Two recent surveys provide some detailed analysis of cybersecurity and its impact in today’s world.
The Global State of Information Security Survey 2015, conducted by PricewaterhouseCoopers LLP (PWC), found a 48% increase in the number of security incidents detected from 2013. PWC surveyed more than 9,700 security, information technology and business executives found a total of 42.8 million security incidents detected on an annual basis. While this figure appears astronomical, it does not include undetected attacks, which would only serve to increase this figure. Many of these attacks result in what is commonly known as a data breach.
From a loss perspective, the Survey found the annual financial costs of investigating and mitigating security incidents increased substantially this year, particularly among large organizations, with the number of respondents reporting losses of $20 million or more almost doubling over 2013. Notably, most respondents experienced a minimum of $50,000 in financial losses due to security incidents.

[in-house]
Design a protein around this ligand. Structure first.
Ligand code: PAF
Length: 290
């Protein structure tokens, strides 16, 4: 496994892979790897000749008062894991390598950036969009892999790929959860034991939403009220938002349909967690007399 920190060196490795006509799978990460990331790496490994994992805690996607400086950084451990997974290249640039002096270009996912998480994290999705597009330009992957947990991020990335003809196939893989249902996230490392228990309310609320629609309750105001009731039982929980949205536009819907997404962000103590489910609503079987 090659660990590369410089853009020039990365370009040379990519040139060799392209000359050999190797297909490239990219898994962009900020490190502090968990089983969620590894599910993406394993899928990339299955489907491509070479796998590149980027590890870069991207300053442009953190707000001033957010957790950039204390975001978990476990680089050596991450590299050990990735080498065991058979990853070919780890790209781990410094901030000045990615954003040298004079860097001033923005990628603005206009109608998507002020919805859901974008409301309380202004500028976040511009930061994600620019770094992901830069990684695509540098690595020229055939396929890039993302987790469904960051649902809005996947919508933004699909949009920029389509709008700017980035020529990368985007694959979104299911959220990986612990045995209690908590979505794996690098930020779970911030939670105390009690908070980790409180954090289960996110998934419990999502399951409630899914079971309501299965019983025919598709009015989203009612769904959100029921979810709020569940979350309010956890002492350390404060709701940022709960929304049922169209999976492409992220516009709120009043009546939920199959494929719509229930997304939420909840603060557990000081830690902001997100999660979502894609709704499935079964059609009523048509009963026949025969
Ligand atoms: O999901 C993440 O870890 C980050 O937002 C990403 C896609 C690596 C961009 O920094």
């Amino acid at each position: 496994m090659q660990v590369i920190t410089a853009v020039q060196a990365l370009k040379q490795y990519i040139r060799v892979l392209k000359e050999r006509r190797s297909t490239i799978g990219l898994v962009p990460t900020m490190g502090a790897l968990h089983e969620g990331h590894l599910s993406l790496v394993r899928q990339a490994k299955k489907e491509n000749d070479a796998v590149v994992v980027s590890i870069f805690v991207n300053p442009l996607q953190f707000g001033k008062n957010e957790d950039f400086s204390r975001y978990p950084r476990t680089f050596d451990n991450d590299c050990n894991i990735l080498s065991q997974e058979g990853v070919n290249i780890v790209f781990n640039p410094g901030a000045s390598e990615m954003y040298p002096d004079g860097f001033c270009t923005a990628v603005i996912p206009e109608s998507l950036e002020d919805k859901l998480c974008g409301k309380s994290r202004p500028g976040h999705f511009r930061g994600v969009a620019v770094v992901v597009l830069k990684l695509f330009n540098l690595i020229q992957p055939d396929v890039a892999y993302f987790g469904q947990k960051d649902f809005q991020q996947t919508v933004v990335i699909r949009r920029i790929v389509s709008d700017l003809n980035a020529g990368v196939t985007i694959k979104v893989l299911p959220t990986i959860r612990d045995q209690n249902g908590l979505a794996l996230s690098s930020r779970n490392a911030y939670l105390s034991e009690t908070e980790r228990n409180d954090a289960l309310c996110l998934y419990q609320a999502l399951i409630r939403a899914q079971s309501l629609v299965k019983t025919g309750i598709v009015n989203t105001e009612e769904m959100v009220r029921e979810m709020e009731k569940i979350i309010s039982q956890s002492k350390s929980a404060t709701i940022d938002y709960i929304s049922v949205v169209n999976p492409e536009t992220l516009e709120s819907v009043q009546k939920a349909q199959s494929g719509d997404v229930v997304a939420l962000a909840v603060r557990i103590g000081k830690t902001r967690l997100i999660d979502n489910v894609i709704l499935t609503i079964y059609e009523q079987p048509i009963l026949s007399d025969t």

Notwithstanding the significant number of incidents detected and the related loss, the 2014 Critical Security Control Survey, conducted by the SANS Institute, found that only 26% of CEOs and top level managers are aware of cybersecurity risks and remediation obligations. The Sans Survey, of 300 cybersecurity professionals, also found that less than 50% of companies have proper technological controls against malware and other malicious code and that 63% of companies say their in-house cybersecurity group lacks the necessary resources to assess and meet the cyber threat.
As we mentioned earlier this year, and as confirmed by each of these survey, organizations need to implement data incident response plans. To this end, we have prepared a summary of some of the Key Action Items for Responding to Data Breaches. While this list is not exhaustive, it should provide a general guide for incident response.